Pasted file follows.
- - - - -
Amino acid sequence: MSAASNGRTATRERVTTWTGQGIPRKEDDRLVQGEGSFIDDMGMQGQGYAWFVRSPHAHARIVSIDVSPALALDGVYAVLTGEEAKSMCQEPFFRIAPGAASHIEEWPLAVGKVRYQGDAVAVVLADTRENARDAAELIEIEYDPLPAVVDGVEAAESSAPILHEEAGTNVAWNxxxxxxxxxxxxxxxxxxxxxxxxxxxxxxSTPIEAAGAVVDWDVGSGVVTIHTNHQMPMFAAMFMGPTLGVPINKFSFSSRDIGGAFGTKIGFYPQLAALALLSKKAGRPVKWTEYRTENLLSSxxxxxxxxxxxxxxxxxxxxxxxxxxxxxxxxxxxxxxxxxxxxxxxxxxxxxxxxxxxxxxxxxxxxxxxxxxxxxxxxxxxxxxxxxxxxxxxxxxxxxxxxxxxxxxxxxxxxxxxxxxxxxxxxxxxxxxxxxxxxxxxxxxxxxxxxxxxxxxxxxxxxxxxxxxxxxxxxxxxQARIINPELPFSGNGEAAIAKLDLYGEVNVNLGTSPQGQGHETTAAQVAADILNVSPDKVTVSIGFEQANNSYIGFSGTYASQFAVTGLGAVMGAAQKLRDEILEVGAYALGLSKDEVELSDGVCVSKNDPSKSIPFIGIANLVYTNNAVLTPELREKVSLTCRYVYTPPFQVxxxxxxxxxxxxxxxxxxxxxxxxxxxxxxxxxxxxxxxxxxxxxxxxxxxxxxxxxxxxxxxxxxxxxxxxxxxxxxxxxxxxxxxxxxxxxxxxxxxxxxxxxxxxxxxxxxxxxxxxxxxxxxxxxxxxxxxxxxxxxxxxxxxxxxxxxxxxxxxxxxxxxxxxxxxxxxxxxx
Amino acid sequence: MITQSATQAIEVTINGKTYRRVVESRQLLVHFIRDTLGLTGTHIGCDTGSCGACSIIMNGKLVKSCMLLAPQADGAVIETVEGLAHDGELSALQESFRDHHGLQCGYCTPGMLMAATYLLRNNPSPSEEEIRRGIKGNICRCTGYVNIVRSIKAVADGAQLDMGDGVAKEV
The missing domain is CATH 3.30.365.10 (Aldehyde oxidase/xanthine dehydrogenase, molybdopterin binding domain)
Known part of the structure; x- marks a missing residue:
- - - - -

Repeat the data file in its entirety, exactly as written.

Amino acid sequence: MSAASNGRTATRERVTTWTGQGIPRKEDDRLVQGEGSFIDDMGMQGQGYAWFVRSPHAHARIVSIDVSPALALDGVYAVLTGEEAKSMCQEPFFRIAPGAASHIEEWPLAVGKVRYQGDAVAVVLADTRENARDAAELIEIEYDPLPAVVDGVEAAESSAPILHEEAGTNVAWNxxxxxxxxxxxxxxxxxxxxxxxxxxxxxxSTPIEAAGAVVDWDVGSGVVTIHTNHQMPMFAAMFMGPTLGVPINKFSFSSRDIGGAFGTKIGFYPQLAALALLSKKAGRPVKWTEYRTENLLSSxxxxxxxxxxxxxxxxxxxxxxxxxxxxxxxxxxxxxxxxxxxxxxxxxxxxxxxxxxxxxxxxxxxxxxxxxxxxxxxxxxxxxxxxxxxxxxxxxxxxxxxxxxxxxxxxxxxxxxxxxxxxxxxxxxxxxxxxxxxxxxxxxxxxxxxxxxxxxxxxxxxxxxxxxxxxxxxxxxxQARIINPELPFSGNGEAAIAKLDLYGEVNVNLGTSPQGQGHETTAAQVAADILNVSPDKVTVSIGFEQANNSYIGFSGTYASQFAVTGLGAVMGAAQKLRDEILEVGAYALGLSKDEVELSDGVCVSKNDPSKSIPFIGIANLVYTNNAVLTPELREKVSLTCRYVYTPPFQVxxxxxxxxxxxxxxxxxxxxxxxxxxxxxxxxxxxxxxxxxxxxxxxxxxxxxxxxxxxxxxxxxxxxxxxxxxxxxxxxxxxxxxxxxxxxxxxxxxxxxxxxxxxxxxxxxxxxxxxxxxxxxxxxxxxxxxxxxxxxxxxxxxxxxxxxxxxxxxxxxxxxxxxxxxxxxxxxxx
Amino acid sequence: MITQSATQAIEVTINGKTYRRVVESRQLLVHFIRDTLGLTGTHIGCDTGSCGACSIIMNGKLVKSCMLLAPQADGAVIETVEGLAHDGELSALQESFRDHHGLQCGYCTPGMLMAATYLLRNNPSPSEEEIRRGIKGNICRCTGYVNIVRSIKAVADGAQLDMGDGVAKEV
The missing domain is CATH 3.30.365.10 (Aldehyde oxidase/xanthine dehydrogenase, molybdopterin binding domain)
Known part of the structure; x- marks a missing residue: